ST.THOMAS—The Committee on Finance, chaired by Sen. Clifford F. Graham, met Monday to receive an overview of the 2017 fiscal year budget from the governor’s financial team at the Earle B. Ottley Legislative Hall.

“This starts the beginning of all the budget hearings of all the various departmental agencies.”

Nellon Bowry, Director of the Office of Management and Budget, testified that “the grand total of the Fiscal Year 2017 Budget of the Government of the U.S. Virgin Islands (the “FY2017 Budget”) is $1.35 billion in current year expenditures and debt service. This is funded from $1.16 billion of local funds and $193.5 million from federal grant funds.” Of the local funds $844.9 million is composed of expenditures and debt service from the general fund, $112.8 million from other local funds and $203.4 million is from funds not subject to annual appropriations.

The $844.9 million budget includes a proposed expenditure of $715.5 million for executive departments and agencies, $60.9 million for the Legislature and the Judiciary combined, and $68.5 million for long term (Gross Receipt Tax Bonds) debt service.

Officials said that the government currently has 33 days of cash on hand, a total of approximately $67 million. Ideally though, the goal is to have 180 days of cash on hand, a goal Bowry says the government is working toward.

“We don’t want to alarm the public into thinking, because we don’t have 180 days worth of cash, that we’re in some type of red alert situation,” clarified Senate President Neville A. James. “But we’d prefer that  we generate revenue on a more fluid basis to allow for us to have disposable income.”

Sen. Graham questioned officials about working capital financing, allocating appropriations to address the critical financial needs of hospitals territory-wide, ideas to help the grim fiscal landscape going forward, and the possibility of missed opportunities to receive taxes from imports.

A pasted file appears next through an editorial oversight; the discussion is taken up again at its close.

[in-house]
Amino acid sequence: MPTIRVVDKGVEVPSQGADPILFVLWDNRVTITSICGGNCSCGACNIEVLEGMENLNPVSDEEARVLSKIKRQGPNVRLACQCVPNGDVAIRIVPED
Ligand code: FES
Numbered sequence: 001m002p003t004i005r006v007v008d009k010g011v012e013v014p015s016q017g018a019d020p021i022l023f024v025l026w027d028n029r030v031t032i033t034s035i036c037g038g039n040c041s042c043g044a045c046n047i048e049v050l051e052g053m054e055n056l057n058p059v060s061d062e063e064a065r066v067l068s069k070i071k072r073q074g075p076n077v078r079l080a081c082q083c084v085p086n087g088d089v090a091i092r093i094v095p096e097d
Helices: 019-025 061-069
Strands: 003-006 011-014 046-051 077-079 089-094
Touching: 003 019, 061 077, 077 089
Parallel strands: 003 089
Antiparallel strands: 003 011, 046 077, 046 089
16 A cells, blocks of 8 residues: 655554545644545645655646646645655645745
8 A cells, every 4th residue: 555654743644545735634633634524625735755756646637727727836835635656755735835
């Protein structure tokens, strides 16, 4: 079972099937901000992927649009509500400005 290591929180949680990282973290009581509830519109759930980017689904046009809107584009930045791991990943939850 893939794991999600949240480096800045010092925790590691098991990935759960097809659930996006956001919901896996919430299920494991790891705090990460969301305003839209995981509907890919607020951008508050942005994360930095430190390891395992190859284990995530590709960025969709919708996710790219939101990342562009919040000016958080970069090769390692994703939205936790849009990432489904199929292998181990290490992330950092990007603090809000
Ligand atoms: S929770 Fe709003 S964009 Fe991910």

Sen. Graham also reminded officials that travel through the territory to the British Virgin Islands needs to be tracked and marketing efforts need to be made to encourage those travelers to return to the territory as a destination.

Senator-at-large, Almando “Rocky” Liburd noted that debt in the Virgin Islands is greater than that of Puerto Rico, with a rate of more than $23,000 per person. Bowry agreed.

“We have a structural deficit” said Bowry, noting that it was a comment he’d made many times before. The solution is not to cut the budget, because it would mean cutting public safety and education. Instead the solution is to “grow the economy,” he said.


Bowry said that he would “continue to look for opportunities to address the cashflow shortage” and added that the government has a plan to increase revenues to sustain increased costs, like that cause by implementing raises for government employees. But “economic development takes a while for the impact to show up,” he said.

Additionally legislators held Bill No. 31-0377, a measure to appropriate $100,000 from the general fund in the fiscal year ending September 30,  2016 to the Department of Human Services to address the critical needs of senior citizens residing at he Queen Louise Home for the Aged.

The bill will be reconsidered on June 23rd, on St. Croix, once testifiers have been given time to prepare to appear before the committee.

The Committee on Finance will reconvene on June 15, at the Fritz E. Lawaetz Legislative Conference Room on St. Croix to hear budget requests from the Virgin Islands Police Department, the Law Enforcement Planning Commission  and the Bureau of Information Technology.

All committee members, including Senators Marvin A. Blyden, Jean A. Forde, Myron D. Jackson, Positive T.A. Nelson, Tregenza A. Roach, Sammuel L. Sanes and Kurt A. Vialet, were present. Non-committee members, Senators Kenneth L. Gittens, Justin Harrigan Sr.,  Almando “Rocky” Liburd, Neville A. James, Nereida Rivera O’Reilly, and Janette Millin Young were also present.